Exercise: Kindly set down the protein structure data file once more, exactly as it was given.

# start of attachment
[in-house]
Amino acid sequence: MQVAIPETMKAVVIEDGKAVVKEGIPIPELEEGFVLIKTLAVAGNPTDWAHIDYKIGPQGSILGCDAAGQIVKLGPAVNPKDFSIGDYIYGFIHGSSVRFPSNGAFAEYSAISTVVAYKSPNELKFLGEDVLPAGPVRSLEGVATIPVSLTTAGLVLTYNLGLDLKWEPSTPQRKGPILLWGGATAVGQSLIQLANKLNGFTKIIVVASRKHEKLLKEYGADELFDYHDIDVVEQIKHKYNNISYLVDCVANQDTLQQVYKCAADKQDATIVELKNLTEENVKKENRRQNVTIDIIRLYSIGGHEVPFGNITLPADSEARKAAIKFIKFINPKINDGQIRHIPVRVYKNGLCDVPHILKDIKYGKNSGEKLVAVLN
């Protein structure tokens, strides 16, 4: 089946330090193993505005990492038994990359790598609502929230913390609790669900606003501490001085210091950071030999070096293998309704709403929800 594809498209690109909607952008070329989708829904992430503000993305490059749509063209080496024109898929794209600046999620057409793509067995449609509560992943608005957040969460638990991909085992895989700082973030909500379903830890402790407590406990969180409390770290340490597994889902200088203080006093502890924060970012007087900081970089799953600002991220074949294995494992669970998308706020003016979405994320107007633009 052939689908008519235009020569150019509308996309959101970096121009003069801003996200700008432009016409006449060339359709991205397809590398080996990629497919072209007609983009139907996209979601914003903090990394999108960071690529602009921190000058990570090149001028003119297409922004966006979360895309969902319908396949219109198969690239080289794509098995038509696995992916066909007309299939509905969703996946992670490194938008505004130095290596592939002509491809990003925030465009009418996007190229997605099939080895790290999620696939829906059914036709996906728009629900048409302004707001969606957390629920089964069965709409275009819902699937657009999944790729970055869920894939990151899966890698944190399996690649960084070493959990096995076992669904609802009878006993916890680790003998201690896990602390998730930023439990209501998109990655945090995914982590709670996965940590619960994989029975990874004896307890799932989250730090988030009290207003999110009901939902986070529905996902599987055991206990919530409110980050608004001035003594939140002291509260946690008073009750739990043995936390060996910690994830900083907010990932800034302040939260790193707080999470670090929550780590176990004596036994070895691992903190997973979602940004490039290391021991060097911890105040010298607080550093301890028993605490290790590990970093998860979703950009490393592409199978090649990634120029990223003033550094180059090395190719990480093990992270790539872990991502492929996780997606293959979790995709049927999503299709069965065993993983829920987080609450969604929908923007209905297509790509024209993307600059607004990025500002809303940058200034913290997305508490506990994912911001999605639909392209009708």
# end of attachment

[in-house]
Amino acid sequence: MQVAIPETMKAVVIEDGKAVVKEGIPIPELEEGFVLIKTLAVAGNPTDWAHIDYKIGPQGSILGCDAAGQIVKLGPAVNPKDFSIGDYIYGFIHGSSVRFPSNGAFAEYSAISTVVAYKSPNELKFLGEDVLPAGPVRSLEGVATIPVSLTTAGLVLTYNLGLDLKWEPSTPQRKGPILLWGGATAVGQSLIQLANKLNGFTKIIVVASRKHEKLLKEYGADELFDYHDIDVVEQIKHKYNNISYLVDCVANQDTLQQVYKCAADKQDATIVELKNLTEENVKKENRRQNVTIDIIRLYSIGGHEVPFGNITLPADSEARKAAIKFIKFINPKINDGQIRHIPVRVYKNGLCDVPHILKDIKYGKNSGEKLVAVLN
């Protein structure tokens, strides 16, 4: 089946330090193993505005990492038994990359790598609502929230913390609790669900606003501490001085210091950071030999070096293998309704709403929800 594809498209690109909607952008070329989708829904992430503000993305490059749509063209080496024109898929794209600046999620057409793509067995449609509560992943608005957040969460638990991909085992895989700082973030909500379903830890402790407590406990969180409390770290340490597994889902200088203080006093502890924060970012007087900081970089799953600002991220074949294995494992669970998308706020003016979405994320107007633009 052939689908008519235009020569150019509308996309959101970096121009003069801003996200700008432009016409006449060339359709991205397809590398080996990629497919072209007609983009139907996209979601914003903090990394999108960071690529602009921190000058990570090149001028003119297409922004966006979360895309969902319908396949219109198969690239080289794509098995038509696995992916066909007309299939509905969703996946992670490194938008505004130095290596592939002509491809990003925030465009009418996007190229997605099939080895790290999620696939829906059914036709996906728009629900048409302004707001969606957390629920089964069965709409275009819902699937657009999944790729970055869920894939990151899966890698944190399996690649960084070493959990096995076992669904609802009878006993916890680790003998201690896990602390998730930023439990209501998109990655945090995914982590709670996965940590619960994989029975990874004896307890799932989250730090988030009290207003999110009901939902986070529905996902599987055991206990919530409110980050608004001035003594939140002291509260946690008073009750739990043995936390060996910690994830900083907010990932800034302040939260790193707080999470670090929550780590176990004596036994070895691992903190997973979602940004490039290391021991060097911890105040010298607080550093301890028993605490290790590990970093998860979703950009490393592409199978090649990634120029990223003033550094180059090395190719990480093990992270790539872990991502492929996780997606293959979790995709049927999503299709069965065993993983829920987080609450969604929908923007209905297509790509024209993307600059607004990025500002809303940058200034913290997305508490506990994912911001999605639909392209009708």